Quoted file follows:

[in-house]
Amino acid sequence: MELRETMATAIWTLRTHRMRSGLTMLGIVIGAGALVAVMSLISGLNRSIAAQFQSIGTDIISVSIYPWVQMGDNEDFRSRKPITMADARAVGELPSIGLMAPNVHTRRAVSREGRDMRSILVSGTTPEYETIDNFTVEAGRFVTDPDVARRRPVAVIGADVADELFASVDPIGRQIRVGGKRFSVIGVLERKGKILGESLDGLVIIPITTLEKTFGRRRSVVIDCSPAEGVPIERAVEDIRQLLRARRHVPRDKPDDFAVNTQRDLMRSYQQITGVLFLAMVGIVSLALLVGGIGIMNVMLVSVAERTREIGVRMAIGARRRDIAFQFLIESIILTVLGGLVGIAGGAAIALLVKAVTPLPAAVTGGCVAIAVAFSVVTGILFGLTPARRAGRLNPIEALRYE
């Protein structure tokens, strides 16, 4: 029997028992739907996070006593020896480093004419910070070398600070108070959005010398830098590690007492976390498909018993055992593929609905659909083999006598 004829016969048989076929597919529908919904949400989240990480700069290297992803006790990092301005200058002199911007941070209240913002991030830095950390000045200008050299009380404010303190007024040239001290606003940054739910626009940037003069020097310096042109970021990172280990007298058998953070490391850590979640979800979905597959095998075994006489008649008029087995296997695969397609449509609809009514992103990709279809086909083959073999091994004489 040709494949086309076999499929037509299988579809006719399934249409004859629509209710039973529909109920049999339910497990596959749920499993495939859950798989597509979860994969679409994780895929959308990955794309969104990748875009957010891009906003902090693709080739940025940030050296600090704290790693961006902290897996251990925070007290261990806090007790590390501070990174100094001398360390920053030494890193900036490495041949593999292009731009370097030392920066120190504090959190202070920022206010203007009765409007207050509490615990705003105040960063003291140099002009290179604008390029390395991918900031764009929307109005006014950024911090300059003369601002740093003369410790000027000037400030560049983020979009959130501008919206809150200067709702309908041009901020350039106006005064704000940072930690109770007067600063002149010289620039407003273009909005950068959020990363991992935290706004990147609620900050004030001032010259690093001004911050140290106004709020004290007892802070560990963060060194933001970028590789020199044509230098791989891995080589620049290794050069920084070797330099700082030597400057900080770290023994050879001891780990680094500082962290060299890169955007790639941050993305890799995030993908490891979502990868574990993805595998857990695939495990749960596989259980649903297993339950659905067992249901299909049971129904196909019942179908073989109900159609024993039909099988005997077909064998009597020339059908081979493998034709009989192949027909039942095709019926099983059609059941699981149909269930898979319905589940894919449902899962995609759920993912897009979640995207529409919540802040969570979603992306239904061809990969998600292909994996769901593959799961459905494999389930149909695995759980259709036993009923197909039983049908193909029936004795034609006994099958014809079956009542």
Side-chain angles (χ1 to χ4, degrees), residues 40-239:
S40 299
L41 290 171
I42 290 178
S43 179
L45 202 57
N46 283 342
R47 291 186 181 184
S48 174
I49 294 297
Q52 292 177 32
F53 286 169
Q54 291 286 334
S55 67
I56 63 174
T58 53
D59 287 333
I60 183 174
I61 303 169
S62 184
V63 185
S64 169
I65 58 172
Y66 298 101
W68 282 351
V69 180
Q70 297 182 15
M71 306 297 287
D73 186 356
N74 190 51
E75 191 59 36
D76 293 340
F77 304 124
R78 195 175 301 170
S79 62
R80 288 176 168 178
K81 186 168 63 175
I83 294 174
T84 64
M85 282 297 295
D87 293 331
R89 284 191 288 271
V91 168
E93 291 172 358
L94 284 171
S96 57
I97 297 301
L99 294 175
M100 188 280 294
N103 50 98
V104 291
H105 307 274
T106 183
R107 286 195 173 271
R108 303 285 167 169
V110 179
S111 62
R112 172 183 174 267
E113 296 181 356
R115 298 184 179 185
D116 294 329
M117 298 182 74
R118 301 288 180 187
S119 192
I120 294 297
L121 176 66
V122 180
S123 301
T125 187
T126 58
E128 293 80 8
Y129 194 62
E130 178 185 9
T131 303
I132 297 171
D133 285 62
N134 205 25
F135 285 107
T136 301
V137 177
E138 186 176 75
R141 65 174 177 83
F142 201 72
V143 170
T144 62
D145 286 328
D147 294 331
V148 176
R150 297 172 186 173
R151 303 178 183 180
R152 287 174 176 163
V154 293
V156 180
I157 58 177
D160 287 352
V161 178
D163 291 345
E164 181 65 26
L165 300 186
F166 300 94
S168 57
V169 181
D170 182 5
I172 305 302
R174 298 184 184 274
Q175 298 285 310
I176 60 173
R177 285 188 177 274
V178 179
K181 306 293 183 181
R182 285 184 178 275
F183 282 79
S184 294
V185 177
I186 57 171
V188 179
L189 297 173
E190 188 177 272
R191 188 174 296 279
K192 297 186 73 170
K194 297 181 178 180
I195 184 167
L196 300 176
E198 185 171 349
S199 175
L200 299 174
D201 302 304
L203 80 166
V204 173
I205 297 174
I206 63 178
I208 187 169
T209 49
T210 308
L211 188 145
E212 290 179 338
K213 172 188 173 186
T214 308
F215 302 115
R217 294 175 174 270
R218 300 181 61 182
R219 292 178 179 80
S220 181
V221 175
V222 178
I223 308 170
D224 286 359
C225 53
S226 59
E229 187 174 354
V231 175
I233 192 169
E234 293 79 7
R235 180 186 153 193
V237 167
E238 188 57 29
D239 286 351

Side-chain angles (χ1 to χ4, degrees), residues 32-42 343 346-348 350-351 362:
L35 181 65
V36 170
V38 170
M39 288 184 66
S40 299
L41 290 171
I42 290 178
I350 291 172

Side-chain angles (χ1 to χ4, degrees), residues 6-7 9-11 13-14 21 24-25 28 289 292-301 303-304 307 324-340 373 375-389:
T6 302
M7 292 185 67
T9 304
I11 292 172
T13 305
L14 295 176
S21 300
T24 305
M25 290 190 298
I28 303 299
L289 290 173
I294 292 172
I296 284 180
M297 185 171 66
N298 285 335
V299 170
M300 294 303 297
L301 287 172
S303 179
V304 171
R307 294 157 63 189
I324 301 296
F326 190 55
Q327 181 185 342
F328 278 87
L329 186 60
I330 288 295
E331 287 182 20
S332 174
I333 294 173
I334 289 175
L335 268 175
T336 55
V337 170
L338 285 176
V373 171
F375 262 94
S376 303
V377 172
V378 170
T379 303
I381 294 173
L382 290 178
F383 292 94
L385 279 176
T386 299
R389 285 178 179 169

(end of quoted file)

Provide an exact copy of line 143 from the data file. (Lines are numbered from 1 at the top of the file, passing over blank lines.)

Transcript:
R217 294 175 174 270